Why is my hair turning gray? I’m in my 20s! Dr. Rachel explains

This is an archived article and the information in the article may be outdated. Please look at the time stamp on the story to see when it was last updated.

NEW ORLEANS (WGNO) - Most women dread that first gray hair.  And I bet most women will pluck that first gray hair away.  But perhaps not, because of the saying, 'if you pluck one gray hair, two will grow back?'  This is a myth and absolutely not true.  So why do we get gray hair and why do some people get it before others?

We get hair color from cells called melanocytes which produce melanin that has two types of pigments, dark and light. These pigments blend to make a wide variety of hair colors.

As the hair shaft is being formed in the hair follicle, the melanocytes inject the melanin/pigment into the hair.  Over the years, melanocytes continue to inject this pigment giving us our beautiful hair color.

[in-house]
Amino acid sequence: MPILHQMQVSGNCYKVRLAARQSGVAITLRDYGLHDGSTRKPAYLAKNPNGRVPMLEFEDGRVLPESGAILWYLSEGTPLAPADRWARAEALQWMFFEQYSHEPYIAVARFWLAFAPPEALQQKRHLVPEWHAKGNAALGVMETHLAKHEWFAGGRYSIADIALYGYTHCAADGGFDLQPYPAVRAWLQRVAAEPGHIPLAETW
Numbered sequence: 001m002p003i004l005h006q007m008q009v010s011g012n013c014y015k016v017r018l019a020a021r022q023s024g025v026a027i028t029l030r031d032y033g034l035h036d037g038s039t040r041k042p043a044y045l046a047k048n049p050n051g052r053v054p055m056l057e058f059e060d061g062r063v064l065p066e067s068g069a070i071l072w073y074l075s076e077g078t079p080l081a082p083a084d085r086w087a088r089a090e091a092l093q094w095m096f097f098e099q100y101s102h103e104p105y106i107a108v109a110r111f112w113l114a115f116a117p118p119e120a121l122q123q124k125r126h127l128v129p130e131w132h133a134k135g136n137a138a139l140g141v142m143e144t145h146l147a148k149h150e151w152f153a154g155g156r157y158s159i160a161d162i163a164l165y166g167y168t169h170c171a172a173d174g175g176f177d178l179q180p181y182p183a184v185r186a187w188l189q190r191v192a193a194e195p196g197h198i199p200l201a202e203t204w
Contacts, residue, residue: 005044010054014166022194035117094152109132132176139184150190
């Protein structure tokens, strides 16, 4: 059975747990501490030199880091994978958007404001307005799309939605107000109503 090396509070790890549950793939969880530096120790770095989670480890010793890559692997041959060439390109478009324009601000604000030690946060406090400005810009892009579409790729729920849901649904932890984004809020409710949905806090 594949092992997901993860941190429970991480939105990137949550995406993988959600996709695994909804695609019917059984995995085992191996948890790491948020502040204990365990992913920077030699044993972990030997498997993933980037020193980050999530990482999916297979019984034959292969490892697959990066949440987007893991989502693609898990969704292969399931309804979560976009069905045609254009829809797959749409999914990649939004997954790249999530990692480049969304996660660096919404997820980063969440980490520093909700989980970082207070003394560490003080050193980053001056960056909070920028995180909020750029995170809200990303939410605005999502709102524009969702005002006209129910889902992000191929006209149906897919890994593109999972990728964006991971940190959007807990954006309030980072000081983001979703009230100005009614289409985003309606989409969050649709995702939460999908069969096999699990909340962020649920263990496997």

As we age, production of melanin slows and the hair shaft stops absorbing it for reasons that are totally unknown. The hair follicle starts producing a small amount of hydrogen peroxide which leads to a gradual loss of hair color.  Hair turns gray and eventually white.

Our genes regulate the loss of melanin, so if your grandmother or mother started going gray in their 20s, you would probably start around the same time.

Some people like their gray hairs; others do not and color them. Some people are just happy that they have hair, no matter what the color.

There is nothing we can do to reverse the genetic graying process.  But are there factors that can accelerate it. For example, why do Presidents gray so much in office? Click here to find out.

Notice: you are using an outdated browser. Microsoft does not recommend using IE as your default browser. Some features on this website, like video and images, might not work properly. For the best experience, please upgrade your browser.